MMC: But when the president said that if this happens again we may not be able to come to their rescue, do you think they believe him?
SJ: No, of course not! The key words there are "may not." The point is that if you run the Fed or the US Treasury and the big financial players as currently constructed are coming to see you on a Monday or late on a Sunday afternoon, and they say, "You know, if you don't give us a big bailout we're going to collapse and the world' banking system will come down with us," and you look them in the eye -- maybe they're bluffing, maybe they're not, maybe they know what will happen, maybe they don't -- are you going to risk that? No, you're not! When you say that these banks are "too big to fail," what that means is in that conversation -- and this goes, of course, to the Oval Office -- the president has to decide. "Do I take the risk? Do I close down these guys who've clearly messed up, clearly behaved irresponsibly? Do I risk a second great depression? Just to make my point? Or do I bail them out?" The big players on Wall Street are very sophisticated, very cynical, very experienced. They know how to play this game! They'll even show up to the president's speech. It's a done deal, as far as they're concerned: next time there will be another bailout.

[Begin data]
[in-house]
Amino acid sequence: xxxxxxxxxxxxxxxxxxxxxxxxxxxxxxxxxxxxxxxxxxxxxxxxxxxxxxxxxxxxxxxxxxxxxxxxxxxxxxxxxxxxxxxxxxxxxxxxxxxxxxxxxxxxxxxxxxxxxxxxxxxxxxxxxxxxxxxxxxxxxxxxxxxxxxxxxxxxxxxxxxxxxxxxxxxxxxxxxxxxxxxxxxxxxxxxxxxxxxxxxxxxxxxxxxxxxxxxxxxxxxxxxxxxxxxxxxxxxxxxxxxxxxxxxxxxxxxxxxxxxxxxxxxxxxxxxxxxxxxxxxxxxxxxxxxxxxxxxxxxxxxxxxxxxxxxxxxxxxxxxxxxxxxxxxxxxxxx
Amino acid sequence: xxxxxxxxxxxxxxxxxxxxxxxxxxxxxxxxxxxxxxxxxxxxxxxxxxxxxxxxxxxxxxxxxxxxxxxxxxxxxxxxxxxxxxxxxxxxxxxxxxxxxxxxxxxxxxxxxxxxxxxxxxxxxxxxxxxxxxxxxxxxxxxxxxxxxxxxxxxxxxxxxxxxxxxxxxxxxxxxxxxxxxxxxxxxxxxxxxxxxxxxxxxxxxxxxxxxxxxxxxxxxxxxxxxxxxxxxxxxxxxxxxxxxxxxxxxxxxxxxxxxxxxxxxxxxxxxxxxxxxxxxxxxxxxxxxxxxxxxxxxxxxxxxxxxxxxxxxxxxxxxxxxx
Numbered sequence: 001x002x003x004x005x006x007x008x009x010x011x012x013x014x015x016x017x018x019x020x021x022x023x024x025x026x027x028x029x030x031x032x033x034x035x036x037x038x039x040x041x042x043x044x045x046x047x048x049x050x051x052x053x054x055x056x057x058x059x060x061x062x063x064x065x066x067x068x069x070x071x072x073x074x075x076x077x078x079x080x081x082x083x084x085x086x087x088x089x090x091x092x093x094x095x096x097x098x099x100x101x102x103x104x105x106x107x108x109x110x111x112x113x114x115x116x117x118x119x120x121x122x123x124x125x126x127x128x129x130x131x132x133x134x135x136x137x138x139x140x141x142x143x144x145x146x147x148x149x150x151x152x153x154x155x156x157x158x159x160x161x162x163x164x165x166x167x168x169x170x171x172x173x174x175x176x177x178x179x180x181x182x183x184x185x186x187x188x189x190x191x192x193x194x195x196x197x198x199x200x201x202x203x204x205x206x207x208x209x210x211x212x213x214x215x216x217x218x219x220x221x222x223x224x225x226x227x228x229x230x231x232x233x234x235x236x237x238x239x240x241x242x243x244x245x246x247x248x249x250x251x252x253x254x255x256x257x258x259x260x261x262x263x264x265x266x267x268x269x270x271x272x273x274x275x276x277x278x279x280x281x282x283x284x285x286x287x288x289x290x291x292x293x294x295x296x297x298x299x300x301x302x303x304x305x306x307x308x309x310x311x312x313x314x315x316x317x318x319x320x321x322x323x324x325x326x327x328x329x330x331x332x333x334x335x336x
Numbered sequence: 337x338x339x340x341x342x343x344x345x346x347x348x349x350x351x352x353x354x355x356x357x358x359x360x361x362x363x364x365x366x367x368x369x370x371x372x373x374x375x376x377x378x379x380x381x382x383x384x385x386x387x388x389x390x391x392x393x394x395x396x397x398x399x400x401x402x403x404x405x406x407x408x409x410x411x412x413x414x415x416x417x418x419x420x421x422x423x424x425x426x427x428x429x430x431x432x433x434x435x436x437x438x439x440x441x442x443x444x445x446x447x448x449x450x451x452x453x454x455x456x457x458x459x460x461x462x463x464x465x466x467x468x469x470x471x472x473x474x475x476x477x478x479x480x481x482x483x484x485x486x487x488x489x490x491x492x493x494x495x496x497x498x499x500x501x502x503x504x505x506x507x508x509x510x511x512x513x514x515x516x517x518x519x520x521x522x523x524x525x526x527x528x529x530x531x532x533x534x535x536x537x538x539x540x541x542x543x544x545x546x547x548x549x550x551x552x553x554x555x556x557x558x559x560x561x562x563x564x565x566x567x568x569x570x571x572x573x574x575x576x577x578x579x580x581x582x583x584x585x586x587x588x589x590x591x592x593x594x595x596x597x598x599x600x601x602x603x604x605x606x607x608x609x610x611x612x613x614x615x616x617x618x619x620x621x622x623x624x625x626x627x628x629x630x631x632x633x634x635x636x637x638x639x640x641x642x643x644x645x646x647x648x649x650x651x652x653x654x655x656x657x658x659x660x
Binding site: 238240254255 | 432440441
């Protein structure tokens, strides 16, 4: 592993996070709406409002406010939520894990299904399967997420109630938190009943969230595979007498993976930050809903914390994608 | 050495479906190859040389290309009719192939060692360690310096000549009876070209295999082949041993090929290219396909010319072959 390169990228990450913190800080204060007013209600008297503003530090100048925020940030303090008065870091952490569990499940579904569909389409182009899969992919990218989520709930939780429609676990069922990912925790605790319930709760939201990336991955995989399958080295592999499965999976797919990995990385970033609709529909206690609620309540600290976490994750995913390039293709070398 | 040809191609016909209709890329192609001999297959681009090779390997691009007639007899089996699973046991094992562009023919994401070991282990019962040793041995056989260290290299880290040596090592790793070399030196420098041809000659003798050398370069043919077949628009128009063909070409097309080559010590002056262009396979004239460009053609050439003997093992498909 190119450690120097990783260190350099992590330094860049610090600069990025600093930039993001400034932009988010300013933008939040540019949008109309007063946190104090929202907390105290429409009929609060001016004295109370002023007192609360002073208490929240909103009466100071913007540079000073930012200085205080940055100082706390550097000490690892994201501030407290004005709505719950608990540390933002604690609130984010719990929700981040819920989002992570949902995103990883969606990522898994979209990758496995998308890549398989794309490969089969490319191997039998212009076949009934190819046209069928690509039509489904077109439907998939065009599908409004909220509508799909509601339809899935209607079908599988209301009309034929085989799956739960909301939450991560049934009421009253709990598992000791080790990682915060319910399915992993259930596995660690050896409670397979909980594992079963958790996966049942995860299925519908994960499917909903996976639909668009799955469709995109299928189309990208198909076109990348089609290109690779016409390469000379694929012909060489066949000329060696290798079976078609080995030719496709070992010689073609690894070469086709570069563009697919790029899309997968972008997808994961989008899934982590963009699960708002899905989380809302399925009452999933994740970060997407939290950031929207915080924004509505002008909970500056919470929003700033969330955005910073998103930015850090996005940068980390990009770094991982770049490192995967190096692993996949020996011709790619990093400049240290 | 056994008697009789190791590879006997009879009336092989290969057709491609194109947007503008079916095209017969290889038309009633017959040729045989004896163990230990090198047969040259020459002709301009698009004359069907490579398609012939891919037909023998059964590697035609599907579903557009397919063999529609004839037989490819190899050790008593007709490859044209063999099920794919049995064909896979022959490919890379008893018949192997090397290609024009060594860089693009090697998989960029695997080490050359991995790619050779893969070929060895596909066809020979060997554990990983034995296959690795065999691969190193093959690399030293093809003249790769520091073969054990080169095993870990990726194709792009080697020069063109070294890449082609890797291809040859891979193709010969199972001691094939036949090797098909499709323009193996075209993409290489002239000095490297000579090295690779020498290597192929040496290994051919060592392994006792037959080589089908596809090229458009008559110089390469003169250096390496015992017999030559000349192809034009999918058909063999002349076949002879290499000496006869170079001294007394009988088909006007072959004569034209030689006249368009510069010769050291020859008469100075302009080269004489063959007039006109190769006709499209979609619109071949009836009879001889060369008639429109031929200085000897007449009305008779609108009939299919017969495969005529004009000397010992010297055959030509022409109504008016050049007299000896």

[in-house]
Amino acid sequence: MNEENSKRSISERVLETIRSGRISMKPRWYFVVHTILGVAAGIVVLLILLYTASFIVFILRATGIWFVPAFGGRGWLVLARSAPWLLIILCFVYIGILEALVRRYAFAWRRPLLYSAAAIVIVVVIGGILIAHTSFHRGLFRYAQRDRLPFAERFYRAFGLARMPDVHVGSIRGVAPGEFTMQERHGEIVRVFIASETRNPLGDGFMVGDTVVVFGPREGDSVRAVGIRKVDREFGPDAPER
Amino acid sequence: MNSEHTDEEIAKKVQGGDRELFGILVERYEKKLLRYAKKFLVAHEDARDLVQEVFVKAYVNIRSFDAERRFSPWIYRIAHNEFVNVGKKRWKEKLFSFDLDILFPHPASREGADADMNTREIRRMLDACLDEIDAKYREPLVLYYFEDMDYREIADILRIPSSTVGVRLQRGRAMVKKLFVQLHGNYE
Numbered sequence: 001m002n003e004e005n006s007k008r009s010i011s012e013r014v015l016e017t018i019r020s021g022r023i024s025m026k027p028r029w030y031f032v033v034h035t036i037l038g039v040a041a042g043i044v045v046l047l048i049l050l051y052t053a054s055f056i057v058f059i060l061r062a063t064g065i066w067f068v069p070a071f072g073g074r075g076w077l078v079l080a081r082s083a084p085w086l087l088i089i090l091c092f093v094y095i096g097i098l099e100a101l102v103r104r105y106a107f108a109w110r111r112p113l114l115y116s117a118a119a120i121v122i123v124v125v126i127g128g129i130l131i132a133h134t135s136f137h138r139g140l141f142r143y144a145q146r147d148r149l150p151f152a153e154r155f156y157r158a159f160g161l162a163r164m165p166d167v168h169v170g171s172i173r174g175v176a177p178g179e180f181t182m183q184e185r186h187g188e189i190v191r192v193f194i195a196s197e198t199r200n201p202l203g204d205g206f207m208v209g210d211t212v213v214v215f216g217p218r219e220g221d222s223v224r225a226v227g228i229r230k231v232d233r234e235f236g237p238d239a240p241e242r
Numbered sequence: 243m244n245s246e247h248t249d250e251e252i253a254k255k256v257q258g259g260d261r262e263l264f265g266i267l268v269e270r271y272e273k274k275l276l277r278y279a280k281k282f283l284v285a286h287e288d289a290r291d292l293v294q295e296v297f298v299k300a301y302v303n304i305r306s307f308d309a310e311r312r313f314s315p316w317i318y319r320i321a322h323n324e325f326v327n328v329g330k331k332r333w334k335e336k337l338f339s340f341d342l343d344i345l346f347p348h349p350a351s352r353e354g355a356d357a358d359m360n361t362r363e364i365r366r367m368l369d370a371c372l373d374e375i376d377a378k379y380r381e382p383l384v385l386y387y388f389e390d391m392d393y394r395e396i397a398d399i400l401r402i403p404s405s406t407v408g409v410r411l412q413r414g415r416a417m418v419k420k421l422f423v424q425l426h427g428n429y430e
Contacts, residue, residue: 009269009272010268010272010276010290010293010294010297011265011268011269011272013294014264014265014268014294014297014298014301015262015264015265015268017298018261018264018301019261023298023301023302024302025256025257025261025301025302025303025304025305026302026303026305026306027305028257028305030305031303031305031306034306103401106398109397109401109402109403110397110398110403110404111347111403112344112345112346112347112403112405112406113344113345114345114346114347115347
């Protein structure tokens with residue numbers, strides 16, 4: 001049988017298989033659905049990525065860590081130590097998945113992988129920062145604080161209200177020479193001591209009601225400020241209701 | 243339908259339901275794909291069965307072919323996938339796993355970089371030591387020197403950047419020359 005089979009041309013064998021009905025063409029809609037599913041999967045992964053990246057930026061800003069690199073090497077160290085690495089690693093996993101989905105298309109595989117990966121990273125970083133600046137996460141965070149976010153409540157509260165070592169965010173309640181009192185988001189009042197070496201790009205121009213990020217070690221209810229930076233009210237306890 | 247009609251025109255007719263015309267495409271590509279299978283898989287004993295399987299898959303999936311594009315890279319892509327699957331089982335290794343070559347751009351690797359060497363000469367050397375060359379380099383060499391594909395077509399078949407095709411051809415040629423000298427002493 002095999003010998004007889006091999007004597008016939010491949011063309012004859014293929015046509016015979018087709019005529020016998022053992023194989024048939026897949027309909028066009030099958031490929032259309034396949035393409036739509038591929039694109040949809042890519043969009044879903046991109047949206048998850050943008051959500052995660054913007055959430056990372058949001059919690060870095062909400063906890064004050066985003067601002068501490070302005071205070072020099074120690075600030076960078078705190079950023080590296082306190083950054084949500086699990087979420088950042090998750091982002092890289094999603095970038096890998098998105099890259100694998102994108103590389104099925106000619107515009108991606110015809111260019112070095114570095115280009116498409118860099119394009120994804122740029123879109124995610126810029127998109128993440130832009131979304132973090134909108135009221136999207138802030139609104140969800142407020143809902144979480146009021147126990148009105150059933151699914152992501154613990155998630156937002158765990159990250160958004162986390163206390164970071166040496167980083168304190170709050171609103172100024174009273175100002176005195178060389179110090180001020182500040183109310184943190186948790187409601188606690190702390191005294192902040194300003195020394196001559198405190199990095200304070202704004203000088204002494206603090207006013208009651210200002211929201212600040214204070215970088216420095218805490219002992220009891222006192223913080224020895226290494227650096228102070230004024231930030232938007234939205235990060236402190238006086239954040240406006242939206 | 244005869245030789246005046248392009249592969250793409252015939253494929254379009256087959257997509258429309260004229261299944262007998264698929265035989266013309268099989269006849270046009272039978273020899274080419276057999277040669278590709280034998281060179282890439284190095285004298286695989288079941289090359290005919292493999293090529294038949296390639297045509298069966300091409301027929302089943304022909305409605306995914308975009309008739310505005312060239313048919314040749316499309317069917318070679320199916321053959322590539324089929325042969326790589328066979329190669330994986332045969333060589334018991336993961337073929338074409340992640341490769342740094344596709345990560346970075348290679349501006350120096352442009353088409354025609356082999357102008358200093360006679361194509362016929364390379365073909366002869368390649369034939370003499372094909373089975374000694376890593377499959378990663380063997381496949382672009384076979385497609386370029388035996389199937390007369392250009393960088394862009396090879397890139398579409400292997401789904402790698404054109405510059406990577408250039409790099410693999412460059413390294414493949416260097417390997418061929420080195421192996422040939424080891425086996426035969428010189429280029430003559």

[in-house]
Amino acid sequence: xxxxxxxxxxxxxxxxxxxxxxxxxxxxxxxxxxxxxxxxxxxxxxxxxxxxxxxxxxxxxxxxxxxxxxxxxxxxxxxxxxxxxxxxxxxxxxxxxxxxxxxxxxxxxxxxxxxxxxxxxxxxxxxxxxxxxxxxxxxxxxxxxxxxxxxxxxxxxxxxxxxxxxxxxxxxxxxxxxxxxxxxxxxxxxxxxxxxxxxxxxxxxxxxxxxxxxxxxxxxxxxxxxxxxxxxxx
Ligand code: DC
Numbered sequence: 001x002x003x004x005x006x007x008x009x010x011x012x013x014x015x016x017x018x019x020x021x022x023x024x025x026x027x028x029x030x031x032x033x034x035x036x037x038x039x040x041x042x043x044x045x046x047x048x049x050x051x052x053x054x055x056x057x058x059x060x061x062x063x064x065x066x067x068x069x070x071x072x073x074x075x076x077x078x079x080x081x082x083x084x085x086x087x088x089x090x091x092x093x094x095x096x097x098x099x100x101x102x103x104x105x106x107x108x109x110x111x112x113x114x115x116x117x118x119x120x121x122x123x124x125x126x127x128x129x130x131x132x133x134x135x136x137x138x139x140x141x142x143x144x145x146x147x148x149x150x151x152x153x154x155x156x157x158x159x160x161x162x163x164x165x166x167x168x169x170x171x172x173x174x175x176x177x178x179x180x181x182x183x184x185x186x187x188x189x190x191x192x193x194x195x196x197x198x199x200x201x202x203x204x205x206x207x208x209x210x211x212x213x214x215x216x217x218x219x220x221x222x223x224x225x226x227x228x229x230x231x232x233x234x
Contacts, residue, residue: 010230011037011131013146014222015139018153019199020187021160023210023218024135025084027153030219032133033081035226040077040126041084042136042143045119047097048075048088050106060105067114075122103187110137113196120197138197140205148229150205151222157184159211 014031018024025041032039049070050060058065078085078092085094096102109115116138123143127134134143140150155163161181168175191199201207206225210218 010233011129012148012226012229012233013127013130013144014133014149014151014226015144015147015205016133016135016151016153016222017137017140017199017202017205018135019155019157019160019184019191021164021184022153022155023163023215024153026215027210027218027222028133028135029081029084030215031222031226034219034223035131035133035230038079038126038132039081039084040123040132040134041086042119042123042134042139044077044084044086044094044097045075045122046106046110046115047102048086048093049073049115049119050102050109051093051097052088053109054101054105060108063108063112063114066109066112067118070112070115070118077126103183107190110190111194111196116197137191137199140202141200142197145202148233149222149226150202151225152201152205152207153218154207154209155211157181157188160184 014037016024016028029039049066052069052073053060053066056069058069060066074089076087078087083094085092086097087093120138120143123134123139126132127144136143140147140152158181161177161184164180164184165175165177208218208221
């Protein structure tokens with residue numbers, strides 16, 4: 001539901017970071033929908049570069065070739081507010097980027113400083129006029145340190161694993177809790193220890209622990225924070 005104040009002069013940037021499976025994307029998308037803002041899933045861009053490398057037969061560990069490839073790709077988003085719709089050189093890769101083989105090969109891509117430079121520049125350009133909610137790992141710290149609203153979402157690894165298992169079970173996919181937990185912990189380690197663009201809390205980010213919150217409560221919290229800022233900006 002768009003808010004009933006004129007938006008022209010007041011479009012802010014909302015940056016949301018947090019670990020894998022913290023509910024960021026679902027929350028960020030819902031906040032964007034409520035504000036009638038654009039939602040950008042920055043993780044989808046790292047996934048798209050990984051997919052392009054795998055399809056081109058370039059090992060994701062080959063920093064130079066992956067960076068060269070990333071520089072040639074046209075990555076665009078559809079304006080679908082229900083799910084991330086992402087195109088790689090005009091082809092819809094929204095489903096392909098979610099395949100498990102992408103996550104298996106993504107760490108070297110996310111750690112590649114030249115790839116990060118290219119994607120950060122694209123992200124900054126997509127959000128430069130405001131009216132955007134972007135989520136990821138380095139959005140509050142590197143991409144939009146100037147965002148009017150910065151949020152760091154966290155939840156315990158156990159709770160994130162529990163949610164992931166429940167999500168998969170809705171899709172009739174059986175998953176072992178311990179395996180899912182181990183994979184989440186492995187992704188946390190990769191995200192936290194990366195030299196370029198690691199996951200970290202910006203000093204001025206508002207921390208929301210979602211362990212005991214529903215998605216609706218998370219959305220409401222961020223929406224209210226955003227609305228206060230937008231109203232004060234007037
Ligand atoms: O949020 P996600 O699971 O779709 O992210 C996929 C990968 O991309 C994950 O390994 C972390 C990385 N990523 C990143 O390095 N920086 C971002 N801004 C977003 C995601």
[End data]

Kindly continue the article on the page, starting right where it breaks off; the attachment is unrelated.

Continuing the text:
MMC: We're talking about -- in the last year -- mergers, so we're talking about in some cases banks that are bigger than ever!